January 2019 Issue
- UOWx program experiences rapid growth giving students the competitive edge
- Staff profile: Dr Tracey Kuit, School of Biological Sciences.
- Mental health prevention strategies for student wellbeing essential to academic journey
- Enabling learning through transforming assessments in higher education
- Fostering students’ agency over their future careers
- Student profile: UOWx award winner, Joel Coelho reaches for the stars
- Learning Labs going from strength to strength, campus by campus
Learning Labs going from strength to strength, campus by campus
In an environment focused on delivering higher education to university students, the appetite for extending academia beyond the school yard is rapidly growing.
Established in 2011, the UOW Learning Labs school holiday program has grown from just 100 students attending the Wollongong Campus, to more than 3000 students each year for programs now extending to South Western Sydney, Southern Sydney and Batemans Bay campuses.
The UOW Learning Labs is an academic enrichment program aimed at primary and high school students from Years 1 to 10, with proven academic excellence and an established foundation of interest in an area of their choice.
The program runs every school holidays in the form of one or two-day workshops featuring a welcome ceremony and learning labs sessions. It is designed for students performing in the top 10 - 15 per cent in their area of interest within their peer group and are seeking a fun, challenging and creative experience during the school holidays.
The workshops are designed specifically by the Outreach and Pathways team within the Pro-Vice Chancellor (Students) portfolio to meet the needs and trends of three designated age groups.
For students from Years 1 and 2, the ‘Little Learning Labs’ allows them to meet like-minded students and participate in sessions in 3D printing, ancient history, Spanish, Minecraft, physics, painting and more. For those in Years 3 to 6, ‘Early Learning Labs’ offer sessions including; graphic design, forensics and music composition.
Learning Labs themselves are offered to students from Years 7 to 10 and cover topics such as robotics, virtual reality, debating, archaeology, 3D modeling and forensic arts.
Sarah Smith, Learning Labs Coordinator in the Outreach and Pathways Unit, is a strong advocate for providing young students with the opportunity to visit the University with their families for a fun, memorable experience.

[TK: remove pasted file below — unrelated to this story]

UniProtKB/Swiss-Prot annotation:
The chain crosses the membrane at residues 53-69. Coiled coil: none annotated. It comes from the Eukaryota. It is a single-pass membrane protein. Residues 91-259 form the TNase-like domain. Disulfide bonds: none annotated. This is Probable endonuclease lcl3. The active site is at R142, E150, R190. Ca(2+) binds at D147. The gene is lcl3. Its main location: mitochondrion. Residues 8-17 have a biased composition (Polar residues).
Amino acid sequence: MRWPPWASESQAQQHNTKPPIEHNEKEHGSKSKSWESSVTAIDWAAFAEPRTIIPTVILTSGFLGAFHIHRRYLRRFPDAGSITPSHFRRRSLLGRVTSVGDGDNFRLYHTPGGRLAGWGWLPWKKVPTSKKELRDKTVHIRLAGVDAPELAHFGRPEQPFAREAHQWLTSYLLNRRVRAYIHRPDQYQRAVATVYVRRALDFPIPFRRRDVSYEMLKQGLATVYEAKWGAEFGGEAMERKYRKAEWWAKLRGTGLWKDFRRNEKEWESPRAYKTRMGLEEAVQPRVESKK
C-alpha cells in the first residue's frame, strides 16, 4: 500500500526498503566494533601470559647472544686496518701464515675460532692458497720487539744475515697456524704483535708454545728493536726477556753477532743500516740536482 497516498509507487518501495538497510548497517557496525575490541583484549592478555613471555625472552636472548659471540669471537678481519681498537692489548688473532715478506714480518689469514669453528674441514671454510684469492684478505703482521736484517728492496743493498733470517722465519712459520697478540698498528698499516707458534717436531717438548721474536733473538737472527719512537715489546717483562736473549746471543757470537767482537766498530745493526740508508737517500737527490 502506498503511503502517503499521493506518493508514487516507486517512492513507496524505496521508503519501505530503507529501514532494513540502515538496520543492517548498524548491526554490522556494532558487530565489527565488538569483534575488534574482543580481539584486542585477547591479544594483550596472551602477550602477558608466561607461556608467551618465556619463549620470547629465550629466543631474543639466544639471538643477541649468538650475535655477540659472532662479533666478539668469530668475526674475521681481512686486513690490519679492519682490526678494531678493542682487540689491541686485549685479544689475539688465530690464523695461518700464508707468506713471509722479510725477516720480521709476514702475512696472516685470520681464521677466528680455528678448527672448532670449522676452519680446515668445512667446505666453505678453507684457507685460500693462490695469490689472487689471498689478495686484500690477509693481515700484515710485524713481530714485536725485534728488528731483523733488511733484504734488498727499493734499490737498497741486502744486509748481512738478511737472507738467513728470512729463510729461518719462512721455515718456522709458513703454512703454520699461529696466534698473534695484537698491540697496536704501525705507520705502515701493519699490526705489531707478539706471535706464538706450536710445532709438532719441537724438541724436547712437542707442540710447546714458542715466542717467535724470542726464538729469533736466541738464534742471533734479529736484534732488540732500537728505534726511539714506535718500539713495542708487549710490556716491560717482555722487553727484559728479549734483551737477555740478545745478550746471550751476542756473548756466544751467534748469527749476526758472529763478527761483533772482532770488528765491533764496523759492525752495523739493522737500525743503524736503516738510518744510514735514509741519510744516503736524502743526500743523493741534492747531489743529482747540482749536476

“The best part about Learning Labs is watching the contagious smiles across a room of students who are learning, having fun and engaging with content in ways they might not be able to in a school environment,” Sarah says.
“It’s more than just an academic enrichment program, it’s an opportunity for all students from a variety of backgrounds and experiences to come together in a series of sessions and make connections which are often kept for years.
“For the students participating, it is an opportunity to engage with concepts they learn about at school in ways they could not even imagine possible. By combining maths with Minecraft, creative arts with video gaming and 3D printing with tic tacs, it allows the malleable minds of academic youth to exercise their talents in a language they understand more than anyone,” Sarah highlights.
The Outreach and Pathways team has designed the program to be inclusive, offering a series of equity-based sponsored places for students who identify as Indigenous or Torres Strait Islander, come from financial hardship or rural NSW or ACT.
“We are committed to giving all students the opportunity to come on campus and see what it would be like to exercise their interests in a university environment,” Sarah says.
The benefits of Learning Labs transcend the students who attend. It also acts as a professional development opportunity for current PhD students and academics to gain experience facilitating sessions with a diverse group of high achievers.
Current UOW students can also volunteer their time to help workshop presenters and contribute towards the student’s experiences, and are rewarded with hours toward their UOWx record or Education internship subject.
Learning Labs also helps to position the University as an accessible opportunity for children well before they are thinking about higher education options. It allows families and community groups to visit the campus, use the facilities and bridge the gap between knowledge of, and experiencing, UOW.
With Learning Labs available to students each school holiday, the team is eager to see the program grow even bigger, with plans to add new sessions and welcome facilitators who have a passion to combine fun, creativity and academia.
Learning Labs are always welcoming interest from potential Presenters, Academics and UOW Student Volunteers. To find out more about UOW Learning Labs or to get involved visit Learning Labs or email firstname.lastname@example.org.